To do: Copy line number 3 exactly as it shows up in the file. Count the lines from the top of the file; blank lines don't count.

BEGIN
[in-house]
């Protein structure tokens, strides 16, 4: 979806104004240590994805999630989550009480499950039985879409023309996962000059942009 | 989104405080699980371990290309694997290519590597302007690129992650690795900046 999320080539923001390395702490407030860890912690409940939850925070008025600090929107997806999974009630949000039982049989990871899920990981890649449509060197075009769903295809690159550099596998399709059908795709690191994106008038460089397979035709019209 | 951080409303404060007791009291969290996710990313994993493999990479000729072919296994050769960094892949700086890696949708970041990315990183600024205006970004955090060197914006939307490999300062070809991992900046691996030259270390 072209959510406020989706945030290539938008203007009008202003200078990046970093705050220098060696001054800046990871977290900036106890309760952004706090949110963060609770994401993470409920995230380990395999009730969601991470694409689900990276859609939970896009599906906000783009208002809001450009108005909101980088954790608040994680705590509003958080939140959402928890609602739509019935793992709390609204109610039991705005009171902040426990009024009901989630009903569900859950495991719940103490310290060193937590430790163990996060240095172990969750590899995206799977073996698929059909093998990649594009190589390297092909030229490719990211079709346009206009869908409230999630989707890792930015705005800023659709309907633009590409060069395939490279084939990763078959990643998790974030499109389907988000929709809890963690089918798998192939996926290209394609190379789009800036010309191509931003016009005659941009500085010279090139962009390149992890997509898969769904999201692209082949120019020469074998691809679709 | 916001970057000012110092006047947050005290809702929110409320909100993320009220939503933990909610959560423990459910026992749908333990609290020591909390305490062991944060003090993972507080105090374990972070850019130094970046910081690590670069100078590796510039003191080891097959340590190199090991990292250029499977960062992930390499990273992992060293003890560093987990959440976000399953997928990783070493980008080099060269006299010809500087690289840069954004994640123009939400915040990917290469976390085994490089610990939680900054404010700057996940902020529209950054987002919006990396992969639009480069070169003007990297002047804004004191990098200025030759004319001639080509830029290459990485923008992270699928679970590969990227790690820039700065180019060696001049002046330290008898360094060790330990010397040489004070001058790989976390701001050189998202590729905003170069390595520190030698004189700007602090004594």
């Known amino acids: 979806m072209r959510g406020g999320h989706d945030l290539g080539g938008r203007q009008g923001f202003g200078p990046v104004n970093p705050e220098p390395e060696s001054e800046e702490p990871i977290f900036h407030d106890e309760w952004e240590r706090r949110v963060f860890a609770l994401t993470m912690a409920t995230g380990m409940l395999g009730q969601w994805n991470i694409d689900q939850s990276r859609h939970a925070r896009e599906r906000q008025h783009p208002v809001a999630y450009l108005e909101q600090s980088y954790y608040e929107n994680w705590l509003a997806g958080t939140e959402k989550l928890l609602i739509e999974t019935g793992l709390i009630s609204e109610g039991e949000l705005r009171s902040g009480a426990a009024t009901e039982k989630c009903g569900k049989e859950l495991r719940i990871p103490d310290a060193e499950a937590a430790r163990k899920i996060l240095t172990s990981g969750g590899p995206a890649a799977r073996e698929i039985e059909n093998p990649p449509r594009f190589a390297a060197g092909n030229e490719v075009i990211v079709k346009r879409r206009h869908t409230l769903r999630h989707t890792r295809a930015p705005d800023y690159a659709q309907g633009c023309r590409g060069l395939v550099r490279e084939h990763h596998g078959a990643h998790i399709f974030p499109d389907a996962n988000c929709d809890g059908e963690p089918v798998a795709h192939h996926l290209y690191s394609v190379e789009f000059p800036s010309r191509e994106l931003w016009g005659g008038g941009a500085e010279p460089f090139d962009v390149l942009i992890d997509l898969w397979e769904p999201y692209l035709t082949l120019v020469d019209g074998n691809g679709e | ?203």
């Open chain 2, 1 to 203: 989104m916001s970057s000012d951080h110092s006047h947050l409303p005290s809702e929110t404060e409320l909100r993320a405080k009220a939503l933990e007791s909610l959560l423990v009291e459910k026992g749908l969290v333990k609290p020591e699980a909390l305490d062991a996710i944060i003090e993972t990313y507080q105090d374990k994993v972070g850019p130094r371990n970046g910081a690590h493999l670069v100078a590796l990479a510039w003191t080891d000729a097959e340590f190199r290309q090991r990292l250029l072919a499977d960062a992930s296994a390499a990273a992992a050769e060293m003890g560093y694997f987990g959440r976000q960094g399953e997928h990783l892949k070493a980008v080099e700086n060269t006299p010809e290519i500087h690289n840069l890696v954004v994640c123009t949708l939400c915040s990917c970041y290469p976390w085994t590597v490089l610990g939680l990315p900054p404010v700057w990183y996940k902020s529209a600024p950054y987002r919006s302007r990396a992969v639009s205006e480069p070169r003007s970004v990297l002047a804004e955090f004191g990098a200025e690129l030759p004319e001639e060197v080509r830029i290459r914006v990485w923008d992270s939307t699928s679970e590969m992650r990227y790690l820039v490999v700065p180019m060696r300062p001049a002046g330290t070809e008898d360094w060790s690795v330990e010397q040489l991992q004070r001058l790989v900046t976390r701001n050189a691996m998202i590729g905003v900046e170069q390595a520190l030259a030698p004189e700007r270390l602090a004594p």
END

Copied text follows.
């Known amino acids: 979806m072209r959510g406020g999320h989706d945030l290539g080539g938008r203007q009008g923001f202003g200078p990046v104004n970093p705050e220098p390395e060696s001054e800046e702490p990871i977290f900036h407030d106890e309760w952004e240590r706090r949110v963060f860890a609770l994401t993470m912690a409920t995230g380990m409940l395999g009730q969601w994805n991470i694409d689900q939850s990276r859609h939970a925070r896009e599906r906000q008025h783009p208002v809001a999630y450009l108005e909101q600090s980088y954790y608040e929107n994680w705590l509003a997806g958080t939140e959402k989550l928890l609602i739509e999974t019935g793992l709390i009630s609204e109610g039991e949000l705005r009171s902040g009480a426990a009024t009901e039982k989630c009903g569900k049989e859950l495991r719940i990871p103490d310290a060193e499950a937590a430790r163990k899920i996060l240095t172990s990981g969750g590899p995206a890649a799977r073996e698929i039985e059909n093998p990649p449509r594009f190589a390297a060197g092909n030229e490719v075009i990211v079709k346009r879409r206009h869908t409230l769903r999630h989707t890792r295809a930015p705005d800023y690159a659709q309907g633009c023309r590409g060069l395939v550099r490279e084939h990763h596998g078959a990643h998790i399709f974030p499109d389907a996962n988000c929709d809890g059908e963690p089918v798998a795709h192939h996926l290209y690191s394609v190379e789009f000059p800036s010309r191509e994106l931003w016009g005659g008038g941009a500085e010279p460089f090139d962009v390149l942009i992890d997509l898969w397979e769904p999201y692209l035709t082949l120019v020469d019209g074998n691809g679709e | ?203």